Poland managed to avoid the worst of the emerging markets
meltdown due to its lower dependence on hot money as well as
sound macroeconomic structure. Further, it is one of the few
countries in Europe that has been able to weather the economic
crisis in the eurozone. The country's solid economic performance
despite the weakness in many of its neighbors can be attributed
to the internal strength of the economy, and significant reforms
undertaken in the
ISHARS-MS POLND (EPOL): ETF Research Reports
MKT VEC-POLAND (PLND): ETF Research Reports
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recent past. (
Poland ETF Investing 101
However, the economy, which survived the four years of economic
crisis, began to show new signs of weakness in 2012. Reduced
government spending along with waning consumer confidence
resulted in slower growth of the economy in 2012. Further, lower
export demand attributable to the deepening crisis in the
Euro-zone also dampened the growth of the economy to some extent.
But the outlook for the economy seems to have changed. With the
eurozone economy reviving, exports from the region are once again
strengthening thereby providing a strong support to the economy.
Exports climbed 6% in the first six months of 2013 (
4 Outperforming ETFs Leading Europe Higher
Moreover, with the increase in export levels, current account
deficit which was one of the major concerns for the economy seems
to have reversed. After 13 years of current account deficit, the
region recorded its first current account surplus. Also,
domestic demand which was undermined by a weak economic outlook
for the main trading partners of the country is now gaining
Besides, improved retail sales and industrial production are
instrumental in getting the economy back into shape.
Further evidence of the improving economic outlook going
forward is Poland's reduction in budget deficit and stabilizing
government debt. The upgrade of the debt rating outlook by Fitch
from stable to positive bears testimony to the same (
European ETFs: A Surge in Popularity
In fact, for 2013, the European Commission once again appears to
be positive on the outlook for the Polish economy. It anticipates
the economy to grow at the rate of 2% in 2013 and 3% in 2014. For
the long term, the economy expects its growth rate to reach 4%.
Following a sharp slowdown in 2012, GDP growth is projected to
pick up as investment and exports recover. Yet reduced consumer
spending and joblessness in particular, remains a matter of
concern for the Polish economy. Unemployment stands at 13%.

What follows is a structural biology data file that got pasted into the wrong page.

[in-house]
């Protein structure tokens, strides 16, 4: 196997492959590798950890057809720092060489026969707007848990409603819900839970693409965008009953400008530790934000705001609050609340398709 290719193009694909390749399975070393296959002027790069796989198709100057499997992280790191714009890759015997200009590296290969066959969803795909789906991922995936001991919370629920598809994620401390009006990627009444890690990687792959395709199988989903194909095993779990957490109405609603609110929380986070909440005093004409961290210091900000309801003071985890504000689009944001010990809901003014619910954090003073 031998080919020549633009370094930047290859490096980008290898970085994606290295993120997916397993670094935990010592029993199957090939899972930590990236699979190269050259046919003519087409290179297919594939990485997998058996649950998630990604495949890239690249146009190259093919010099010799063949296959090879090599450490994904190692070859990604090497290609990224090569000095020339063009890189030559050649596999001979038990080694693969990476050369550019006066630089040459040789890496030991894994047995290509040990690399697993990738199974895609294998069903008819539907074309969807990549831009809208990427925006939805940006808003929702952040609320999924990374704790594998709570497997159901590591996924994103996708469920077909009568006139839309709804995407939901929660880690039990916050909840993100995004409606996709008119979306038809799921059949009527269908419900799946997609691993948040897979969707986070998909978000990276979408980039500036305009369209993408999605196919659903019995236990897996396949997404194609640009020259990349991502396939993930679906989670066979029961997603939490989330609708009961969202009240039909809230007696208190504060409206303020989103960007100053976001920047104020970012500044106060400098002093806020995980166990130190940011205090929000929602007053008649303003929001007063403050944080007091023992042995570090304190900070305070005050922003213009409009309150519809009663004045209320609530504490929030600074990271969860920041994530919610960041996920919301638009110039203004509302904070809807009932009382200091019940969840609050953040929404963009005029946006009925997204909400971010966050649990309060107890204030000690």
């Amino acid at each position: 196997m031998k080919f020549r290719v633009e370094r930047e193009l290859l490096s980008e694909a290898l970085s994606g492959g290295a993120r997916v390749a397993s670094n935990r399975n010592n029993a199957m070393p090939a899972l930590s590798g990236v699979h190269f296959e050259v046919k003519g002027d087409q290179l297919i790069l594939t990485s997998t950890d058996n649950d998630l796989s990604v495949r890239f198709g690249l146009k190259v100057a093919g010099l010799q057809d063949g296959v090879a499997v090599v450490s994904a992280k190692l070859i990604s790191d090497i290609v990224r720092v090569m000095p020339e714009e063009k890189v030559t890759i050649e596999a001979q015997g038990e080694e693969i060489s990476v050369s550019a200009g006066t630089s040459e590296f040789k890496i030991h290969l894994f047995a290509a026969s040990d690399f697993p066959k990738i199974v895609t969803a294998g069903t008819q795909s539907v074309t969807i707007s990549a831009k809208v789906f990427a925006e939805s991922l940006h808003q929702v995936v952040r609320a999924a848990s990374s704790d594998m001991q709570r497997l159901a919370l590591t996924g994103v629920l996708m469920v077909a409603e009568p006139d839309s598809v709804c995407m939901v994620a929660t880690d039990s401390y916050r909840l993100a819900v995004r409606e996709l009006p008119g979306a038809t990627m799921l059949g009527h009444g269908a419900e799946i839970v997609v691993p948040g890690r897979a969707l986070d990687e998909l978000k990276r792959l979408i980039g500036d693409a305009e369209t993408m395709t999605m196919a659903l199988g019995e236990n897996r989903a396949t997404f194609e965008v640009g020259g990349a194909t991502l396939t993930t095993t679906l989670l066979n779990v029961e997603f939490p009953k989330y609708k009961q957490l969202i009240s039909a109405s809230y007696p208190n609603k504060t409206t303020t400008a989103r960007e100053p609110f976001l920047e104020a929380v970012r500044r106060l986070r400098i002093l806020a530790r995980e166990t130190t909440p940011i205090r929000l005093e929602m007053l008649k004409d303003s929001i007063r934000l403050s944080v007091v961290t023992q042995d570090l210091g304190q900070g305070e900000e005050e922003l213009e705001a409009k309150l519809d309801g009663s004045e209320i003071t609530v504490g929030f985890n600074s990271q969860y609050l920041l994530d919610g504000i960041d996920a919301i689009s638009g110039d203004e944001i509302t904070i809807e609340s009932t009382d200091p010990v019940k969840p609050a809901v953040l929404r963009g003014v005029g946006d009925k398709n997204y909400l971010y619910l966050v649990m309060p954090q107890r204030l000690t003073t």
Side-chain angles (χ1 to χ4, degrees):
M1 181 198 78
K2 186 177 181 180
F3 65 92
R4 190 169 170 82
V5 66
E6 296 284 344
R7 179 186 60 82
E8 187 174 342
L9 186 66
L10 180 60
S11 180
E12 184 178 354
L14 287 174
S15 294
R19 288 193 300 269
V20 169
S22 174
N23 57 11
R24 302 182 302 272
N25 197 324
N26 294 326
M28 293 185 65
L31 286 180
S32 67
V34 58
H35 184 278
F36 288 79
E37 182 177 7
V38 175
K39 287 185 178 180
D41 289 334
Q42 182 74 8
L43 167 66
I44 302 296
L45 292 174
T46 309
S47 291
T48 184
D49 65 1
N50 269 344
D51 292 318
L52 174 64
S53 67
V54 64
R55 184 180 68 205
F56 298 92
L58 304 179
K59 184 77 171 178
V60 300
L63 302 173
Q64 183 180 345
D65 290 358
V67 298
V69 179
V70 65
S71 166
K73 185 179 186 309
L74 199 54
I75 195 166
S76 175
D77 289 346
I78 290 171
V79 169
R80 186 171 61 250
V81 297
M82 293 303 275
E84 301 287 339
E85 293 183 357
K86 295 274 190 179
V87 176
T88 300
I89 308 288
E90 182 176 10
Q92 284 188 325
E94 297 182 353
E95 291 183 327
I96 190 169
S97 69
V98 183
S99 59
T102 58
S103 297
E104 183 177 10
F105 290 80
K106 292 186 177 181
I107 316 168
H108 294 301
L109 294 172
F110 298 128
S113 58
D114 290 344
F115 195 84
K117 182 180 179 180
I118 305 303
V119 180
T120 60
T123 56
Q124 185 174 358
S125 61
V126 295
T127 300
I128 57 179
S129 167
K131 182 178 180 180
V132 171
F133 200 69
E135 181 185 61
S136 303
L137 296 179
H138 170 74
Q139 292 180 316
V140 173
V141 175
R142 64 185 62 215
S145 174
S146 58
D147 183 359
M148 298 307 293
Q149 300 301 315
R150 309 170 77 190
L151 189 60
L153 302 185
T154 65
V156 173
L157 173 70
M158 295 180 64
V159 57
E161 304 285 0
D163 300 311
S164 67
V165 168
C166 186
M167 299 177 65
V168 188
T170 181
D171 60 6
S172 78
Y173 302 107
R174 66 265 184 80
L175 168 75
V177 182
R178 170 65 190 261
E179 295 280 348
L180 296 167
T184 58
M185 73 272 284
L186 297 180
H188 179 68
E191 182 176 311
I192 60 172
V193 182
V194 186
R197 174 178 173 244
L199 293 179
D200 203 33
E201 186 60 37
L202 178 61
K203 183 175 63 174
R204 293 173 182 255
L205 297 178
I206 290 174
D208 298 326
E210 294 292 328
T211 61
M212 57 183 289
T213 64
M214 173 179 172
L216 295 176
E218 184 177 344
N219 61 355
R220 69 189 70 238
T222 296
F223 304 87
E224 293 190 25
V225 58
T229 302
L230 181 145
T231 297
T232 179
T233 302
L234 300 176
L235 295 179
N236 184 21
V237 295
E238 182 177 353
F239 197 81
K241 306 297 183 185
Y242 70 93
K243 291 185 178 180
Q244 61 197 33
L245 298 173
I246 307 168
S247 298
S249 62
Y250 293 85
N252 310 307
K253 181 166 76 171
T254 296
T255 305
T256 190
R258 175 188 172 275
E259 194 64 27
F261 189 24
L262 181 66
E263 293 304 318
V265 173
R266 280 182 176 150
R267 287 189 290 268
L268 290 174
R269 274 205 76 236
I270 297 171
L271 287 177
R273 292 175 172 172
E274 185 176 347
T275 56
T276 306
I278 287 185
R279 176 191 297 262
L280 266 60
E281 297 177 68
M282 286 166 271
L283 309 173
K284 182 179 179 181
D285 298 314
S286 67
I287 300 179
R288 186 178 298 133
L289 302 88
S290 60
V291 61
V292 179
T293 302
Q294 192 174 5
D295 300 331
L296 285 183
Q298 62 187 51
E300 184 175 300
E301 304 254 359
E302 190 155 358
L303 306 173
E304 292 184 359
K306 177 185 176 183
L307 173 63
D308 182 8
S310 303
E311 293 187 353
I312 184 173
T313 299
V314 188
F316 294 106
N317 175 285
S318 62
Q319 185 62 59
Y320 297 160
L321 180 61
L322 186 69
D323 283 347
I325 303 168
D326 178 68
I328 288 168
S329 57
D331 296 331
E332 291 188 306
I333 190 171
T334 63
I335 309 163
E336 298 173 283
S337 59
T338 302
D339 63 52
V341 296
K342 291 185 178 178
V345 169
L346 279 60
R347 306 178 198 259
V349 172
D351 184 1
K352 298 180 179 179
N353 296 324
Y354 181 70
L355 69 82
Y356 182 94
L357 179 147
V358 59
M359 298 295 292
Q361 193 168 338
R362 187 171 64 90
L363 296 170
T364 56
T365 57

iShares MSCI Poland Investable Market Index Fund
Investors seeking a broad exposure to the Polish equity market
might find EPOL an interesting pick (
Poland ETFs Head-To-Head
The product focuses largely on the large cap segment of the
Polish market and holds 43 securities in its basket. The majority
of holdings are classified as blend stocks from a style
The fund is heavily concentrated in its top 10 holdings with
nearly 63.2% of the total assets. The top three companies
combined to make up nearly 32.2% share of the portfolio.
From a sector perspective, the product has a certain tilt towards
the financial sector which makes up 50% of the ETF. Materials and
energy sectors also get double-digit allocation in the fund.
With an AUM of $312.4 million, the product charges 61 bps in fees
per year from investors. The ETF has generated a negative
year-to-date return of 5.31%, indicating that the economy had a
slow start to the year.
Market Vectors Poland ETF (
The fund holds 30 securities in its basket, with a heavy focus on
the top 10 holdings that account for about 60.4% of the assets.
The top three companies take away more than 24.4% of the
In terms of holdings, financials consists of more than one-third
of the holdings followed by double-digit weightings to energy
(15.6%), utilities (12.1%) and materials (10.7%). The ETF has
total assets of $27.5 million. The fund charges a fee of 61 basis
points annually (
Europe ETF Investing
).PLND's year-to-date loss stands at 2.23% .
Poland remains a robust option when compared to many of its peers
in the region as well as other emerging markets. Additionally,
its projected growth rate is far in excess of what many other
economies are seeing in the area, suggesting that Poland could
still be a great option.
It is still one of the strongest performers in the European
Union. The economic strength foreseen in the second half of 2013
could thus boost equities in the nation and make Poland a solid
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